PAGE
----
STRUCTURE OF THE RAN-GPPNHP-RANBD1 COMPLEX
[RBP2_HUMAN] Defects in RANBP2 are the cause of encephalopathy acute infection-induced type 3 (IIAE3) [MIM:608033]. A rapidly progressive encephalopathy manifesting in susceptibile individuals with seizures and coma. It can occur within days in otherwise healthy children after common viral infections such as influenza and parainfluenza, without evidence of viral infection of the brain or inflammatory cell infiltration. Brain T2-weighted magnetic resonance imaging reveals characteristic symmetric lesions present in the thalami, pons and brainstem. Note=Mutations in the RANBP2 gene predispose to IIAE3, but by themselves are insufficient to make the phenotype fully penetrant; additional genetic and environmental factors are required (PubMed:19118815).
[RAN_HUMAN] GTP-binding protein involved in nucleocytoplasmic transport. Required for the import of protein into the nucleus and also for RNA export. Involved in chromatin condensation and control of cell cycle (By similarity). The complex with BIRC5/ survivin plays a role in mitotic spindle formation by serving as a physical scaffold to help deliver the RAN effector molecule TPX2 to microtubules. Acts as a negative regulator of the kinase activity of VRK1 and VRK2.    Enhances AR-mediated transactivation. Transactivation decreases as the poly-Gln length within AR increases.    [RBP2_HUMAN] E3 SUMO-protein ligase which facilitates SUMO1 and SUMO2 conjugation by UBE2I. Involved in transport factor (Ran-GTP, karyopherin)-mediated protein import via the F-G repeat-containing domain which acts as a docking site for substrates. Could also have isomerase or chaperone activity and may bind RNA or DNA. Component of the nuclear export pathway. Specific docking site for the nuclear export factor exportin-1.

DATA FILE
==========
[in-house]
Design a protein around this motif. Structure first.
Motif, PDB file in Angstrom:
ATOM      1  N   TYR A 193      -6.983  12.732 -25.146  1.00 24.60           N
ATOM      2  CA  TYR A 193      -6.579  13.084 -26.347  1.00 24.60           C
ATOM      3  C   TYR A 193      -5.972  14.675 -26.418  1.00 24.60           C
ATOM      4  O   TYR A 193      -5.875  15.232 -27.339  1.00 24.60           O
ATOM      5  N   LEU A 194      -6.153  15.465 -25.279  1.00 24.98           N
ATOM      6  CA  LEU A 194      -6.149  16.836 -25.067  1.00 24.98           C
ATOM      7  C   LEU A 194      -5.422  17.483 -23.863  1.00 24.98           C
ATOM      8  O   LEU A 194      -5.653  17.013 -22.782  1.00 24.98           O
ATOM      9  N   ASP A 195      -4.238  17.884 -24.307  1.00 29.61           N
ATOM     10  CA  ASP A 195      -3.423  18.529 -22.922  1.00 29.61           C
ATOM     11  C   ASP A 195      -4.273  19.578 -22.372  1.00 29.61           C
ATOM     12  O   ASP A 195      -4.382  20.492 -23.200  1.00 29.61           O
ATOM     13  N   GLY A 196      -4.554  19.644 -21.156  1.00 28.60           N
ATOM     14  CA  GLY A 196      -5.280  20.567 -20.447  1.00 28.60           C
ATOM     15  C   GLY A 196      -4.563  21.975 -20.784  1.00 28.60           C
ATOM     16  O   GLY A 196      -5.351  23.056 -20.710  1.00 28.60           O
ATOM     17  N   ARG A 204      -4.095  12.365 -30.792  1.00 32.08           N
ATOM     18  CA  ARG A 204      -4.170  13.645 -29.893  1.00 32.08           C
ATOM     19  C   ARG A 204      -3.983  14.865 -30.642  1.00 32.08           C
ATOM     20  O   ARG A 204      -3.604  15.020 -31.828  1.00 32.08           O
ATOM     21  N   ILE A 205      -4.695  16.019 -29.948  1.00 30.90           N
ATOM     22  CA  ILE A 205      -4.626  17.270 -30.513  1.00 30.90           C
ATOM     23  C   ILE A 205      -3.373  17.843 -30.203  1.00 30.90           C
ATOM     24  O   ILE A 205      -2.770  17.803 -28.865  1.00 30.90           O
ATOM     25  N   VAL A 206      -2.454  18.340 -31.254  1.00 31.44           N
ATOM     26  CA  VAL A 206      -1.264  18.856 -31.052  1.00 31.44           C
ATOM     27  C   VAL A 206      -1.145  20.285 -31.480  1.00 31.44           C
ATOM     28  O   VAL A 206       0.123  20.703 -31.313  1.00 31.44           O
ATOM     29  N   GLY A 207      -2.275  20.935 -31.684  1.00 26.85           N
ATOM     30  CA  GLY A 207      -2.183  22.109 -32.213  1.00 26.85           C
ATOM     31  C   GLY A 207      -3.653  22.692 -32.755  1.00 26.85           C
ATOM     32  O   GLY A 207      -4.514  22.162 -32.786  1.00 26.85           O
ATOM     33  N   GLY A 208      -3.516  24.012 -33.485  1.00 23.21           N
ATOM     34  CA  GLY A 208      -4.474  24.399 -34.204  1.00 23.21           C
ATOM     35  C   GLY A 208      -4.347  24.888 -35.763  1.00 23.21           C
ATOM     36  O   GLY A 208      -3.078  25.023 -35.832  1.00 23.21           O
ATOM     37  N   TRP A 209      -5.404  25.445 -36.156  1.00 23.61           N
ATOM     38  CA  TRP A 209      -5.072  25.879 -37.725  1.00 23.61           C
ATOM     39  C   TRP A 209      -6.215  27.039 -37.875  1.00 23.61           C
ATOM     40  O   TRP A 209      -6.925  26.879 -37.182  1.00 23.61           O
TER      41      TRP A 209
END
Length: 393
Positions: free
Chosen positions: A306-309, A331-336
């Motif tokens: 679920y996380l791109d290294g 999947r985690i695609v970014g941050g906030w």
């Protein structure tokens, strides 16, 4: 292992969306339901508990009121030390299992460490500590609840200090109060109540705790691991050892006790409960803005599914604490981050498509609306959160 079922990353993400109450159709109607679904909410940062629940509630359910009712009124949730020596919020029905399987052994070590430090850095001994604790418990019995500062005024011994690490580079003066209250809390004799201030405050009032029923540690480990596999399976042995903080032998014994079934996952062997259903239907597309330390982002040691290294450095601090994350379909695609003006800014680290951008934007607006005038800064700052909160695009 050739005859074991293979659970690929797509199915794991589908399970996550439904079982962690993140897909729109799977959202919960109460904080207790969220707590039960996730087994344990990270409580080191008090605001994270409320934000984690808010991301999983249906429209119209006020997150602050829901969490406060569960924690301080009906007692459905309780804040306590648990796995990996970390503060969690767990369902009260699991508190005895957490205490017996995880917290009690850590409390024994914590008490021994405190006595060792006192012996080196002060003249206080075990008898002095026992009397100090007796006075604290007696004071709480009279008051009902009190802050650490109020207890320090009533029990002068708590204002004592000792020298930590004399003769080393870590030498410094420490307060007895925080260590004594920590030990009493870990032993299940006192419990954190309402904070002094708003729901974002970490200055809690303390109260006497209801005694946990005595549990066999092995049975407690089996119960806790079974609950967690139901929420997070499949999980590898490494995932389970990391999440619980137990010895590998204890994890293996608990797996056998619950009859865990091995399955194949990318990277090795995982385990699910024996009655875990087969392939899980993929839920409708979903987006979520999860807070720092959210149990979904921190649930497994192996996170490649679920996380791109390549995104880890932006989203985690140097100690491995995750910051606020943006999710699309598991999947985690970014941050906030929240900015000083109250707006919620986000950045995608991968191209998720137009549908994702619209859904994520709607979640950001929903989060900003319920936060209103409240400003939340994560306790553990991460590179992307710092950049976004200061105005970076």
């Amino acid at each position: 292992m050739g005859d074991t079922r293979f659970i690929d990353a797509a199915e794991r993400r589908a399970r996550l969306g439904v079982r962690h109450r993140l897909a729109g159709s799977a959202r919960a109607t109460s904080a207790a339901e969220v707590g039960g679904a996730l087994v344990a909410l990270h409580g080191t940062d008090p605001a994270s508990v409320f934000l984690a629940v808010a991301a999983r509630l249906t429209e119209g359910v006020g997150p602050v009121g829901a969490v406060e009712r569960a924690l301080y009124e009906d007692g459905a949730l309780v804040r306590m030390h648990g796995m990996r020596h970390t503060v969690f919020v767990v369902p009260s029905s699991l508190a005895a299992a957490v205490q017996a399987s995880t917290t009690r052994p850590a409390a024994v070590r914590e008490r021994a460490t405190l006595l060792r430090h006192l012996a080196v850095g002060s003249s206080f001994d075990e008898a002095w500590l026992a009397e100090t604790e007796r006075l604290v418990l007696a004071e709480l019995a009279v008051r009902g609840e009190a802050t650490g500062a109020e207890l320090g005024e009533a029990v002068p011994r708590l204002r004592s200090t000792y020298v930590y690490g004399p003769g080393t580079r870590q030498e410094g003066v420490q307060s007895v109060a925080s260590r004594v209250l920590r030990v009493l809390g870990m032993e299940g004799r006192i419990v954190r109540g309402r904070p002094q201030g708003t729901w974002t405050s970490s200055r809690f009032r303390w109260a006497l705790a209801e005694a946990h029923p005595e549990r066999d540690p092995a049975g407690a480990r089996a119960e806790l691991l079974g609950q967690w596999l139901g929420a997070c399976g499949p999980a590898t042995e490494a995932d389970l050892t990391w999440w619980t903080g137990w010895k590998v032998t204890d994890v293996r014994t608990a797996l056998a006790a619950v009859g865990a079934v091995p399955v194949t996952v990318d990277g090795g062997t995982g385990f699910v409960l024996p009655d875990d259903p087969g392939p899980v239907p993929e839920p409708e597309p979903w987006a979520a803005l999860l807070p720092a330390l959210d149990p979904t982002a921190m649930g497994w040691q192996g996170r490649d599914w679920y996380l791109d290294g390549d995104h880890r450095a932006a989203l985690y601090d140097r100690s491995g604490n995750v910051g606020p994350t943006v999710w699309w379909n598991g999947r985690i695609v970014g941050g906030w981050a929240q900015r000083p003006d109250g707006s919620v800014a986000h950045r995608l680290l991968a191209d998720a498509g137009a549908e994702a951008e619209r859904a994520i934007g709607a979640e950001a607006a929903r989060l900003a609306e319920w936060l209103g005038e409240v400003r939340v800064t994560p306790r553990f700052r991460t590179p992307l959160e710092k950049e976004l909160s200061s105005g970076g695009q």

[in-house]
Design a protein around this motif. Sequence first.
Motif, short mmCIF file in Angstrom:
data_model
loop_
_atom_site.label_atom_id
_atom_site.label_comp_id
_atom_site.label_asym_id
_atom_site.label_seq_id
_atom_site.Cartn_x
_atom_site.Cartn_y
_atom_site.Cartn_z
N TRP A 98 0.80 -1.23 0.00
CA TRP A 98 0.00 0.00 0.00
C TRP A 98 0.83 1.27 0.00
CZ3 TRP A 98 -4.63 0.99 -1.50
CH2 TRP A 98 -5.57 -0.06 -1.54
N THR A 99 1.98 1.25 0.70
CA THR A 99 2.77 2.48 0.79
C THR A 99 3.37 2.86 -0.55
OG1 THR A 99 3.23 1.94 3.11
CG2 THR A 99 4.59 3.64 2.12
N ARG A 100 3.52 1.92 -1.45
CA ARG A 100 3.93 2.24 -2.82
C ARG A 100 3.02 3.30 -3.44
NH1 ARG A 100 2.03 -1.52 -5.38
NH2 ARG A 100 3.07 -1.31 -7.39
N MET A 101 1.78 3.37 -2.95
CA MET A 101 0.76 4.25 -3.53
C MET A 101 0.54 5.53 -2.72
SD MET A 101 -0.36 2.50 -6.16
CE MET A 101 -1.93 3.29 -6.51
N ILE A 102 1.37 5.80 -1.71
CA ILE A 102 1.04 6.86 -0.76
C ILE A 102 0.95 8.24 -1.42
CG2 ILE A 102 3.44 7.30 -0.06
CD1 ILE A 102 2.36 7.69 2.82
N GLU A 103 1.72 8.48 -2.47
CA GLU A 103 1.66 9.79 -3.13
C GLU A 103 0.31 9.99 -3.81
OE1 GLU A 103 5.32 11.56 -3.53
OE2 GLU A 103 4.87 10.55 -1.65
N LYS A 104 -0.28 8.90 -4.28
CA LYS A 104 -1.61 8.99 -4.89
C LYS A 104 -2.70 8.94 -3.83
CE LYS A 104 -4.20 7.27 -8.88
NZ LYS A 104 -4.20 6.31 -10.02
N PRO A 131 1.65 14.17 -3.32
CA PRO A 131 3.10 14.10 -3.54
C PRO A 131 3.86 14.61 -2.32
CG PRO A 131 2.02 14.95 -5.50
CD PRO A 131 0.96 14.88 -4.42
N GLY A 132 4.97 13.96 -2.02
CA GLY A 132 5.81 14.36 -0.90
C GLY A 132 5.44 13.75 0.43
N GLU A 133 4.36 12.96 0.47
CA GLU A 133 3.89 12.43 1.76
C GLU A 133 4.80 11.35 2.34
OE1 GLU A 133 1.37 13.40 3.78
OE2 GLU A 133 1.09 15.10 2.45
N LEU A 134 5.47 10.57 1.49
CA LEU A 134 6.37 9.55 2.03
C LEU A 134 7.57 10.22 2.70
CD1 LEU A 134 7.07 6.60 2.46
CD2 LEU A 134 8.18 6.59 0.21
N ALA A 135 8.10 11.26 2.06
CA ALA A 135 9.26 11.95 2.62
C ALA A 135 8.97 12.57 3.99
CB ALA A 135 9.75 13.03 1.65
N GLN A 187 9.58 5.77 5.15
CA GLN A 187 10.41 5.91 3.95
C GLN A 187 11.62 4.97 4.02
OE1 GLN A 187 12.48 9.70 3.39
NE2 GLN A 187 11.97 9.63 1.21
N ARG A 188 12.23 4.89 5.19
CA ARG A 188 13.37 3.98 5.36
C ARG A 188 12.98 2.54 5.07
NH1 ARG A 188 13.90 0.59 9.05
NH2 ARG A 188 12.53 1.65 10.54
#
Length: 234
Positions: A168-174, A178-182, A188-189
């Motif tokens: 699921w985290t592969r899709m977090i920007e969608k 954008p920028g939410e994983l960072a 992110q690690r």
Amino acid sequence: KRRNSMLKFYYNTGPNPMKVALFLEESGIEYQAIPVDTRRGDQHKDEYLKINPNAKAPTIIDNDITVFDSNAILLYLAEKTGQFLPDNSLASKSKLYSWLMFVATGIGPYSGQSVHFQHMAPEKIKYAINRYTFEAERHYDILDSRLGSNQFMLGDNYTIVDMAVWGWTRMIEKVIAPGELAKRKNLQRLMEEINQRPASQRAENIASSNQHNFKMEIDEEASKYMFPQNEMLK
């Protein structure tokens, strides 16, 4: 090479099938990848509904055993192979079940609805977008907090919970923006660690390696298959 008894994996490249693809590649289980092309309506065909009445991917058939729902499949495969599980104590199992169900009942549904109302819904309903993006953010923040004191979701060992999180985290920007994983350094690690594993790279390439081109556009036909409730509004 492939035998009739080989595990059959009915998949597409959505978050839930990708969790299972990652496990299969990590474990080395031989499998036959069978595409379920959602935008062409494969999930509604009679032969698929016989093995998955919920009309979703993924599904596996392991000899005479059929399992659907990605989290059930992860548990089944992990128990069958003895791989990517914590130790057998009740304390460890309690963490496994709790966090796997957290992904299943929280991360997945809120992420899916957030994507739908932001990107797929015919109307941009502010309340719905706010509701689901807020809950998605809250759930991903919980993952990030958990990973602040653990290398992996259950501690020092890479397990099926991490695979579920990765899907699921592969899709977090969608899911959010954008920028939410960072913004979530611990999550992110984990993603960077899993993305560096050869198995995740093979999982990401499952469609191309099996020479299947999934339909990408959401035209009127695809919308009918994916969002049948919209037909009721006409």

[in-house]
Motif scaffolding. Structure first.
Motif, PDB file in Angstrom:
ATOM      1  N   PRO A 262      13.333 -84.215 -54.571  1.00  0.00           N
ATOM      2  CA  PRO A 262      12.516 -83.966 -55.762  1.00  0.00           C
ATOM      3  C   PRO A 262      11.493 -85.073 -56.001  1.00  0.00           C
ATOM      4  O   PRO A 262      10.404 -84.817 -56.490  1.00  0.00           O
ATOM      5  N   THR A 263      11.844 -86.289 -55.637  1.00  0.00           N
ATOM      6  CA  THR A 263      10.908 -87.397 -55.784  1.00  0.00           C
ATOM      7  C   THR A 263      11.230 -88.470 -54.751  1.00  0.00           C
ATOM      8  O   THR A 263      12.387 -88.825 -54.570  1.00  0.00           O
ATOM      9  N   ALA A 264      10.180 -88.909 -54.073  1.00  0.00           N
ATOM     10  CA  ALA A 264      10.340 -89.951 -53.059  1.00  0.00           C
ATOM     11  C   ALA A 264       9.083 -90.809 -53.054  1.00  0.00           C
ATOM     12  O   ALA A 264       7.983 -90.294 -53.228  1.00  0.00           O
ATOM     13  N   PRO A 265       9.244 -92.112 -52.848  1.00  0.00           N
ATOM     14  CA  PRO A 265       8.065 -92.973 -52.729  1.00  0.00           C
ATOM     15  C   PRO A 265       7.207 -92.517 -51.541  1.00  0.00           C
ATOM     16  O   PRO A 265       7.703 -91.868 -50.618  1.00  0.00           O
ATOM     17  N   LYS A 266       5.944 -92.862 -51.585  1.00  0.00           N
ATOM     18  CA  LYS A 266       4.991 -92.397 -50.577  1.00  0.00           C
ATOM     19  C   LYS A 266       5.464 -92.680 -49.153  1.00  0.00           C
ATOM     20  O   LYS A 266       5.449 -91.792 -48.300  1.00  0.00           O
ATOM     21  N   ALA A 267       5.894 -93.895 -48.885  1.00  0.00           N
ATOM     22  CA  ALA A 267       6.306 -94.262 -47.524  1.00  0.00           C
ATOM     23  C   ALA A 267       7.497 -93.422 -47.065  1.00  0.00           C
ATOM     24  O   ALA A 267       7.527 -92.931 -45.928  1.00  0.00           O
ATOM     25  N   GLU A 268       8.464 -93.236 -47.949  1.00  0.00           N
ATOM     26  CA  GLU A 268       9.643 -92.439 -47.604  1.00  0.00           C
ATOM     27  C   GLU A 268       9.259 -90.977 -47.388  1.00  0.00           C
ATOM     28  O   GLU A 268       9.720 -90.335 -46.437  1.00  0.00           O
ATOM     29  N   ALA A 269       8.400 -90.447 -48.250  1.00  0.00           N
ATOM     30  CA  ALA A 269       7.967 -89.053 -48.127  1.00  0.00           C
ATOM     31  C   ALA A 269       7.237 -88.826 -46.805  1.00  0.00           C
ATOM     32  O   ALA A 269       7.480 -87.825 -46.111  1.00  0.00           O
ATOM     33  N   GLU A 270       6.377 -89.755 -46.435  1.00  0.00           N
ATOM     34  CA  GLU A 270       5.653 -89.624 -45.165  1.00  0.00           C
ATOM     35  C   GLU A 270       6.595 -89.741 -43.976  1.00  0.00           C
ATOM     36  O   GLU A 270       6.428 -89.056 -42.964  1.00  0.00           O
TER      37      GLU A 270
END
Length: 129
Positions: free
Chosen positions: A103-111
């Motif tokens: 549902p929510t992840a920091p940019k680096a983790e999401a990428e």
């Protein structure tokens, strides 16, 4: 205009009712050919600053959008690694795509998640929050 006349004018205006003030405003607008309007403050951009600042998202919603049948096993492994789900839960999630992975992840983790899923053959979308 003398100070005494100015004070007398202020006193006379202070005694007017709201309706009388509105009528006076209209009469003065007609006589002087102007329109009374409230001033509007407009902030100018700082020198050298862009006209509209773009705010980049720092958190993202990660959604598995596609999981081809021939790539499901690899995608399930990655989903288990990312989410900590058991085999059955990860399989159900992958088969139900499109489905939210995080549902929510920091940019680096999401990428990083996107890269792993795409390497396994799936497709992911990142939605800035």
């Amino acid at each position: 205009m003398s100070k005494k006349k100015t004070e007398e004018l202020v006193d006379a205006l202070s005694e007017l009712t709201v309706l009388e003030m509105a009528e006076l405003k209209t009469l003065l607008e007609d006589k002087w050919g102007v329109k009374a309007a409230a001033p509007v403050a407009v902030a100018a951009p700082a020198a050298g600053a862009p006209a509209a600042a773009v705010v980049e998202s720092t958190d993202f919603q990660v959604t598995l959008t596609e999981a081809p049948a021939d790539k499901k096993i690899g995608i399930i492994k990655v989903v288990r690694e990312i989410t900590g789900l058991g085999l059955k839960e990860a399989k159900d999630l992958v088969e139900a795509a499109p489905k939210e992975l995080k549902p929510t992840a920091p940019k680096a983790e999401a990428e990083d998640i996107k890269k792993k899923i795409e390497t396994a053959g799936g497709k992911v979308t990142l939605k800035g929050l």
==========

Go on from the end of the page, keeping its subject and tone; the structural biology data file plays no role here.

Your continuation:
Publication Abstract from PubMed
The protein Ran is a small GTP-binding protein that binds to two types of effector inside the cell: Ran-binding proteins, which have a role in terminating export processes from the nucleus to the cytoplasm, and importin-beta-like molecules that bind cargo proteins during nuclear transport. The Ran-binding domain is a conserved sequence motif found in several proteins that participate in these transport processes. The Ran-binding protein RanBP2 contains four of these domains and constitutes a large part of the cytoplasmic fibrils that extend from the nuclear-pore complex. The structure of Ran bound to a non-hydrolysable GTP analogue (Ran x GppNHp) in complex with the first Ran-binding domain (RanBD1) of human RanBP2 reveals not only that RanBD1 has a pleckstrin-homology domain fold, but also that the switch-I region of Ran x GppNHp resembles the canonical Ras GppNHp structure and that the carboxy terminus of Ran is wrapped around RanBD1, contacting a basic patch on RanBD1 through its acidic end. This molecular 'embrace' enables RanBDs to sequester the Ran carboxy terminus, triggering the dissociation of Ran x GTP from importin-beta-related transport factors and facilitating GTP hydrolysis by the GTPase-activating protein ranGAP. Such a mechanism represents a new type of switch mechanism and regulatory protein-protein interaction for a Ras-related protein.
Structure of a Ran-binding domain complexed with Ran bound to a GTP analogue: implications for nuclear transport.,Vetter IR, Nowak C, Nishimoto T, Kuhlmann J, Wittinghofer A Nature. 1999 Mar 4;398(6722):39-46. PMID:10078529
From MEDLINE®/PubMed®, a database of the U.S. National Library of Medicine.